The United Arab Emirate approach to the airline issue with Canada is not in accordance with economic theory. United Arab Emirate has resolved to boot the Canadian military from the base-camp due to the existing commercial issue. Landing rights are basically commercial and have nothing to do with the military or politics. In reference to the economic theory, free markets should only be encouraged with the aim of promoting economic growth. Moreover, the UAE approach of demanding a visa for every Canadian visiting the country is not logical. In line with Edwin (2001), United Arab Emirate is not being considerate of the negative impacts that its application will bring to the economic growth of Canada and its citizens (p.46).
There have been several journalistic and popular issues clouding the Airline Canada and United Arab Emirate landing right issue. On this note, some journalists have published misleading information on why Airline Canada has rejected the United Arab Emirate application. Certain published articles claimed that Air line Canada aimed at eliminating possible competition from Emirate Airline and Etihad Airline. This is just a mere fallacy because according to the statistics on the number of flights operating between middle-east and Canada, Airline Emirates and Etihad Airline form the largest Canada-middle east capacity. The Emirate 31% and Etihad 24% share capacity cannot be compared to the 23% share capacity of Air line Canada. In reference to Gregory (2010), doubling the number of flights by Emirate and Etihad would only flood the Canadian airports and market. In other occasions, journalists have accused Canada of being a nation that claims to promote demand and supply regulations as well as free trade yet in reality it practices blinded protectionism (n. d).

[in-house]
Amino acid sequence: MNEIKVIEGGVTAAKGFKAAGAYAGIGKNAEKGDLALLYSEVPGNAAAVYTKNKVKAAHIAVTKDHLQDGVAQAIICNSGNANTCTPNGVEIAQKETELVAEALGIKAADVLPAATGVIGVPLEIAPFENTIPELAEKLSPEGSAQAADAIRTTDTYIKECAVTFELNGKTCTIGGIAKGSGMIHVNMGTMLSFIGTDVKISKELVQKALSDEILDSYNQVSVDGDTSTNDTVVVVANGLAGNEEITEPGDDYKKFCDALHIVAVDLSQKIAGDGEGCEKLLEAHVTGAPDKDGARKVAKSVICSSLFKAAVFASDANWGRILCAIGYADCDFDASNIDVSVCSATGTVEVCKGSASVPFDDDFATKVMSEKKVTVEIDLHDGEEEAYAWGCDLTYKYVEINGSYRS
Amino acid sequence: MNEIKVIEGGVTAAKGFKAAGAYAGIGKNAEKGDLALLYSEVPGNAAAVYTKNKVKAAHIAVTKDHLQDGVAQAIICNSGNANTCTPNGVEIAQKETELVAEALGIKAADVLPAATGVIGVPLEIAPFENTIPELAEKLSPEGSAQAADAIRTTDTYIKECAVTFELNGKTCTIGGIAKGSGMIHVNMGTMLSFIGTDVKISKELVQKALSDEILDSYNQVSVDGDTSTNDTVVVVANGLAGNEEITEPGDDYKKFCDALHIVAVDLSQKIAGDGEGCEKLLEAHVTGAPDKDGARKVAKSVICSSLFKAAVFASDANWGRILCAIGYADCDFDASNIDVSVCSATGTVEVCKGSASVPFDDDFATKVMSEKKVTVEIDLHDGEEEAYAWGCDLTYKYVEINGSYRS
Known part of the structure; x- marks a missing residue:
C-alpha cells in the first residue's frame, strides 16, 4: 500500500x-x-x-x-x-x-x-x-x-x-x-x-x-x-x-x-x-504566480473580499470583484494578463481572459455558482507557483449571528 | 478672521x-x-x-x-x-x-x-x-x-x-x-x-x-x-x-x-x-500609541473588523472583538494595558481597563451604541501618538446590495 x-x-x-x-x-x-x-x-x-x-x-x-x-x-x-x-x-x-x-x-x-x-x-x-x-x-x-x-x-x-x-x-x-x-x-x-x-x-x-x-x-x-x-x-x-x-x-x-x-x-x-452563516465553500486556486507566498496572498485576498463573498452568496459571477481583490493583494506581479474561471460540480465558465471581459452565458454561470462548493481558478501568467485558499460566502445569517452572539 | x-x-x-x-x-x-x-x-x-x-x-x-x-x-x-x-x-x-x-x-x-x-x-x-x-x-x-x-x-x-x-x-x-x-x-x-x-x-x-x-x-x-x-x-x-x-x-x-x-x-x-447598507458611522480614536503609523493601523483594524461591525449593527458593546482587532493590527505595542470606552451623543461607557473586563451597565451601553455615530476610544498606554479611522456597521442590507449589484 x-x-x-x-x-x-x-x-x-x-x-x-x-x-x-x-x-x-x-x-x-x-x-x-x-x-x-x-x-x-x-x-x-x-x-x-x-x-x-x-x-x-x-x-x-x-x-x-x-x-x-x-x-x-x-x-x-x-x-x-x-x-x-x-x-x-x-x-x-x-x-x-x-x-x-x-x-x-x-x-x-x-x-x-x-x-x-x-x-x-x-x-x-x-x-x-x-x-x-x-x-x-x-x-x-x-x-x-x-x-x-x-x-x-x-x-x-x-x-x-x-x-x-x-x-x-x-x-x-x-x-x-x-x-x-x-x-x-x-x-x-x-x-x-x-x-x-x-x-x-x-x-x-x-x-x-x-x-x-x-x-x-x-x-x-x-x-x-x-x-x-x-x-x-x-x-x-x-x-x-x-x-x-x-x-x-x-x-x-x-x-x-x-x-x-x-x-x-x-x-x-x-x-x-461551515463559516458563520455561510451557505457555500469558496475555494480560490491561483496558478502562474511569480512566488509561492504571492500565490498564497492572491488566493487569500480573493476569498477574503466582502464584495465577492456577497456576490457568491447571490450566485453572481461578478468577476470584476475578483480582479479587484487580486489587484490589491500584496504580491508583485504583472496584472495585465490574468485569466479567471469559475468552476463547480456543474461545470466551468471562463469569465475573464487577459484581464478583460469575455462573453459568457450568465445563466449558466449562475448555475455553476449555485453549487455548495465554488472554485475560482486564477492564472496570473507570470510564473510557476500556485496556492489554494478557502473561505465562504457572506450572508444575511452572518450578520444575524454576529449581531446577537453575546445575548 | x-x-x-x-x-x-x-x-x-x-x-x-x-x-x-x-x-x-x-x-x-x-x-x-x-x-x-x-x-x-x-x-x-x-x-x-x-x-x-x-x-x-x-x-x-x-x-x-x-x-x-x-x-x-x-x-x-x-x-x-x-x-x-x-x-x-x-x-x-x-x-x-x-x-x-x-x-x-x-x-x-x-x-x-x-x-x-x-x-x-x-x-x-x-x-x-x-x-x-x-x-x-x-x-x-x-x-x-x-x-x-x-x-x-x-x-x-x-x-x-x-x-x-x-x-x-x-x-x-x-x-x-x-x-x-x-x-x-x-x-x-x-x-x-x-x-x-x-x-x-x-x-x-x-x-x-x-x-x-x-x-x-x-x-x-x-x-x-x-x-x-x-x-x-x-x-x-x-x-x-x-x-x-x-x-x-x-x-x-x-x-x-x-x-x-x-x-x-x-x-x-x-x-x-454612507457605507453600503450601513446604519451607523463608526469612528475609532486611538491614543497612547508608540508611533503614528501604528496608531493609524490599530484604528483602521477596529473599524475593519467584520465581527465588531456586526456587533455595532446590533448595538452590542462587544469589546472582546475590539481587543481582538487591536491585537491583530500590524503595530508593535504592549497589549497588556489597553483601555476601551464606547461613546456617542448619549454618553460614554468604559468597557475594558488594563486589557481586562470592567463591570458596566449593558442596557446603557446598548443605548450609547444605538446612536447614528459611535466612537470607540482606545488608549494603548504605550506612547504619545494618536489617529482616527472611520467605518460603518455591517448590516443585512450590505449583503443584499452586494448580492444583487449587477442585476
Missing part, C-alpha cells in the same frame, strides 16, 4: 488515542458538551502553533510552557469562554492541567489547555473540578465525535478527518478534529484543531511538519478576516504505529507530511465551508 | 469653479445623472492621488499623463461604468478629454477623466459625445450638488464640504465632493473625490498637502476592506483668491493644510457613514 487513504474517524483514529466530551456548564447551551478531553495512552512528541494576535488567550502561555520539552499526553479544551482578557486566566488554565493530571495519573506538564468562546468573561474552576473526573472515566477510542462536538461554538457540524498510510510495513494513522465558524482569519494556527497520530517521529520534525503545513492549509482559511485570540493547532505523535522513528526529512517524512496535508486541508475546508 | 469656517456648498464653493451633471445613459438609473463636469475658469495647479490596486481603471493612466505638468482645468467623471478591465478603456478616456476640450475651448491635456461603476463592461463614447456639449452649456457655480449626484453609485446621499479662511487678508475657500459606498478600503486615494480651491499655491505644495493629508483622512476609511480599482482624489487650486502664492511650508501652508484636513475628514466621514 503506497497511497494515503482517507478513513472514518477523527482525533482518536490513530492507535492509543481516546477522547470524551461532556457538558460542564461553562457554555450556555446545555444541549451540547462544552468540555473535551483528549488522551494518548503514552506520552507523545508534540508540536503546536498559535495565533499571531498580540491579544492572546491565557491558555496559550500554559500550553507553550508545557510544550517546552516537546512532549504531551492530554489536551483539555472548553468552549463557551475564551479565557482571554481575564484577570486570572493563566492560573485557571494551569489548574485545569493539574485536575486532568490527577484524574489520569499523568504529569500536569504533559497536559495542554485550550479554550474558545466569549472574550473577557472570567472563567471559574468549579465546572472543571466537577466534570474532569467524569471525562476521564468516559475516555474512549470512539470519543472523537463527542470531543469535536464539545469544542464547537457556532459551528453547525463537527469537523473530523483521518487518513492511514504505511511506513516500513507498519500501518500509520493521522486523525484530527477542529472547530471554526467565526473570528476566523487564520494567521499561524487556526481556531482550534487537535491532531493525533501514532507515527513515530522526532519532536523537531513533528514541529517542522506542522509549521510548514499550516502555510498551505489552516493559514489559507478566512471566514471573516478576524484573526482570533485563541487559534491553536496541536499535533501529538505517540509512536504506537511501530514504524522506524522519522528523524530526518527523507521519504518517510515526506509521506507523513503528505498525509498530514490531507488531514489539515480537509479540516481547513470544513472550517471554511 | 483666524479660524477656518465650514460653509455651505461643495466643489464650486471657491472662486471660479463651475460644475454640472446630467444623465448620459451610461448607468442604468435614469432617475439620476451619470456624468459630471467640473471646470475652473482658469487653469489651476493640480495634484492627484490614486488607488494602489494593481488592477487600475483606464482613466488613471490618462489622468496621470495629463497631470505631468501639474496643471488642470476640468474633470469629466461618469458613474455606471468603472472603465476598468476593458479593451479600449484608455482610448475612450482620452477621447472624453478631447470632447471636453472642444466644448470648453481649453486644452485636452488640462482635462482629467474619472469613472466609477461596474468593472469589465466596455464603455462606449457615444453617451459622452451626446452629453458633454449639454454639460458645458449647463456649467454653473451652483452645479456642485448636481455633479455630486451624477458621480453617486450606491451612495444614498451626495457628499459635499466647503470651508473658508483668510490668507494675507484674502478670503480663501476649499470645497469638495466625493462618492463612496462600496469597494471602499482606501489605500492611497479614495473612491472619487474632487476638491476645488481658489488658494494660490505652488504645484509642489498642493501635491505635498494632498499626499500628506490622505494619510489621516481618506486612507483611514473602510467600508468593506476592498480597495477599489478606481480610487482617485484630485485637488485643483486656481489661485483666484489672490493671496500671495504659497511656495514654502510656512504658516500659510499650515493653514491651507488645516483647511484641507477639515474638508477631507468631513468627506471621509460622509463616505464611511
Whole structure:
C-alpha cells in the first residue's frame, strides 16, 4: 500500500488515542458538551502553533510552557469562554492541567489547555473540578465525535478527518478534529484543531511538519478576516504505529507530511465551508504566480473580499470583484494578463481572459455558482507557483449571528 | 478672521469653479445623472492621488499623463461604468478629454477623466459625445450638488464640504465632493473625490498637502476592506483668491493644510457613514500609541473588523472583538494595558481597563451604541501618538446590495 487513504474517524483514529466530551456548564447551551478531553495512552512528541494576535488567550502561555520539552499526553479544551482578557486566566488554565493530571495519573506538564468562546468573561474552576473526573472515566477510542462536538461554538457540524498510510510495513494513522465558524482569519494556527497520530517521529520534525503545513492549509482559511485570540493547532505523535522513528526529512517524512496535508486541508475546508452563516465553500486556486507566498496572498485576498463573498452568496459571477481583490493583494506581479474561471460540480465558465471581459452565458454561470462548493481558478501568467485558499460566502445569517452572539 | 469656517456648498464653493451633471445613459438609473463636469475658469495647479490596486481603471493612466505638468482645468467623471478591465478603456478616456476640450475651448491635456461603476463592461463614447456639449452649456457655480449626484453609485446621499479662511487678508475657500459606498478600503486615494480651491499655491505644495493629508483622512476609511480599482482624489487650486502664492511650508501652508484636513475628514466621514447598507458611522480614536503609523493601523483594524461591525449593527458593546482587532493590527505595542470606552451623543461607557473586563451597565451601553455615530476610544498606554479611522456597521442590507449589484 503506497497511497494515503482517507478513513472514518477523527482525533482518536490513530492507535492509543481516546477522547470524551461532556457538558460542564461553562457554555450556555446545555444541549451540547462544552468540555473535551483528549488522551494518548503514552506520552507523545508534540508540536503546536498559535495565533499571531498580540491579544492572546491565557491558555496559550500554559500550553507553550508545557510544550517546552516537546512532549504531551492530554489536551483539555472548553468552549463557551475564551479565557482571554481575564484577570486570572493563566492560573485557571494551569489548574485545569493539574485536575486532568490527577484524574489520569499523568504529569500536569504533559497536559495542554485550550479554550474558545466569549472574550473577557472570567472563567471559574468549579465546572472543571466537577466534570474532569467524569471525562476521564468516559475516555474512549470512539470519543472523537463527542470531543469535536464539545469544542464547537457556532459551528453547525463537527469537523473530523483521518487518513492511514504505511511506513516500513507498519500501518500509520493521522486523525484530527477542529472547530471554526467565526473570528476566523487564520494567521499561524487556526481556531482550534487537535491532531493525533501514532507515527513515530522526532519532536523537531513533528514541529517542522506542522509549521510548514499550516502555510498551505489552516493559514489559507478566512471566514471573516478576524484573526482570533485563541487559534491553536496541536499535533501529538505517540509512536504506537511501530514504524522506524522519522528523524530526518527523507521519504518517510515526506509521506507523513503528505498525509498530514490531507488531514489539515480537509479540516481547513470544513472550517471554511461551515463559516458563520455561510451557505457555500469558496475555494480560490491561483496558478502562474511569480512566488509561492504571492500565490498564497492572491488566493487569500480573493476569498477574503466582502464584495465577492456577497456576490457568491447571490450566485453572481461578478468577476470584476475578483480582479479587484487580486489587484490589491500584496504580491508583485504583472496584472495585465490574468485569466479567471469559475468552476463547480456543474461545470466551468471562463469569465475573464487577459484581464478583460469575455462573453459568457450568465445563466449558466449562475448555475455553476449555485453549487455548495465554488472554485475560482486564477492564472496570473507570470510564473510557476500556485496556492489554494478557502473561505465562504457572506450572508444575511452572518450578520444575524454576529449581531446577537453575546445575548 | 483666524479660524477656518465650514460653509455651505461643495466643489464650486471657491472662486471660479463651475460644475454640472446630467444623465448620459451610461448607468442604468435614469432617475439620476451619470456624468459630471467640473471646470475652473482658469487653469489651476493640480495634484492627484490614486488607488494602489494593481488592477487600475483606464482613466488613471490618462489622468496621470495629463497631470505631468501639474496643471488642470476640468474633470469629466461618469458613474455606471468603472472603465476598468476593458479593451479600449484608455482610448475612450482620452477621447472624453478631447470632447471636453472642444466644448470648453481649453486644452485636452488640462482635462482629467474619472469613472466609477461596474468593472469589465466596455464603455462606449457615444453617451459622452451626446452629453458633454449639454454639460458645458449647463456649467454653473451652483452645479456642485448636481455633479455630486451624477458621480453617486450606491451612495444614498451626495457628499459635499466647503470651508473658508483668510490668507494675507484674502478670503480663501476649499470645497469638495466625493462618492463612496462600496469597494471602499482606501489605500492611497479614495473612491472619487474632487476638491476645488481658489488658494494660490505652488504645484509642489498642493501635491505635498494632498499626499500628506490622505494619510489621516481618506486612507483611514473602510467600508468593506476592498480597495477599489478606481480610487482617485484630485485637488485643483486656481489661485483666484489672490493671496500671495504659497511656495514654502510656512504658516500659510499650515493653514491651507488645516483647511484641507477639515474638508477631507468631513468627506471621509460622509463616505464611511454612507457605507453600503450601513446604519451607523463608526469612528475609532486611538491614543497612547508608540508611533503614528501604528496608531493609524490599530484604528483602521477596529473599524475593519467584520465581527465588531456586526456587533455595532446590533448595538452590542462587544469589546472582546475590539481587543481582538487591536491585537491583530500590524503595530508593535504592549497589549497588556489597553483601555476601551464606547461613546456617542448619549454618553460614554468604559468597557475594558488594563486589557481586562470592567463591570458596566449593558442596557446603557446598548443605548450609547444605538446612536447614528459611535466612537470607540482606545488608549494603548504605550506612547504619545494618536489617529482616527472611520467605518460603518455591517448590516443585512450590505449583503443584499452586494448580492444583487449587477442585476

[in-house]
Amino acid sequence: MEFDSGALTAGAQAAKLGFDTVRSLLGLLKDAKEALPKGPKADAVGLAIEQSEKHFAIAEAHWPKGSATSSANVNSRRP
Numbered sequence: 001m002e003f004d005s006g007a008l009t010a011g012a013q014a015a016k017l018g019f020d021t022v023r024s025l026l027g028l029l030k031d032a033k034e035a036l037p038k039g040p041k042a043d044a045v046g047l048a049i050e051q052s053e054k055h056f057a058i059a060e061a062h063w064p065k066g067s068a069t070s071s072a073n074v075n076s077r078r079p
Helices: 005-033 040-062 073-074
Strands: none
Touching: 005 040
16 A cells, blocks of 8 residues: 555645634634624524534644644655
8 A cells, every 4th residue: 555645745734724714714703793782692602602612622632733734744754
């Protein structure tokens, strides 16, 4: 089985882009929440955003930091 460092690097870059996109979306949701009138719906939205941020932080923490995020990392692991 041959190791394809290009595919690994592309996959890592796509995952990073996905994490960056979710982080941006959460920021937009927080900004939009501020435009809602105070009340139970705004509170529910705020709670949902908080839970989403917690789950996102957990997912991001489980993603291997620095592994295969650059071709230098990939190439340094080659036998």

Given economic theory, Canada may be forced to make improvements regarding the issue. Considering that United Arab Emirate has imposed visa on arrival to all Canadians, the Canadian government may need to resolve the issue in a diplomatic manner in the interest of the two nations because its citizens are likely to experience a great loss. In order to be able to promote economy in both countries, Canada may reconsider agreeing to the United Arab Emirate application and charging a legitimate compensation fee on Emirate and Etihad passengers using these routes in order to promote economic growth in both countries.
However, both Canada and United Arab Emirate will need to apply supply-sides policies in order to be able to achieve a free market without imperfections. The supply-sided policies may include removing unnecessary regulations, eliminating capital controls, and reducing taxes so as to encourage enterprise (Edwin, 2001, p.51). Canada needs to gain new knowledge on protectionism in order to be able to solve the already existing issue with the United Arab Emirate and avoid similar situations in the future.
Chadwick, H. (2010). Up in the air. The Canadian business journal. Vol. 4(1): 7-10.
D’Cruz, R. J. (1992).New compacts For Canadian Competitiveness. Pennsylvania: DIANE Publishing.
Edwin, C. (2001). A review of economic theory. Upper Saddle River, NJ: Penguin Publishers.
Gregory, P. UAE Plays Hardball on Behalf of Emirates, Etihad. Retrieved November 25, 2010 from http://www.ainonline.com/news/).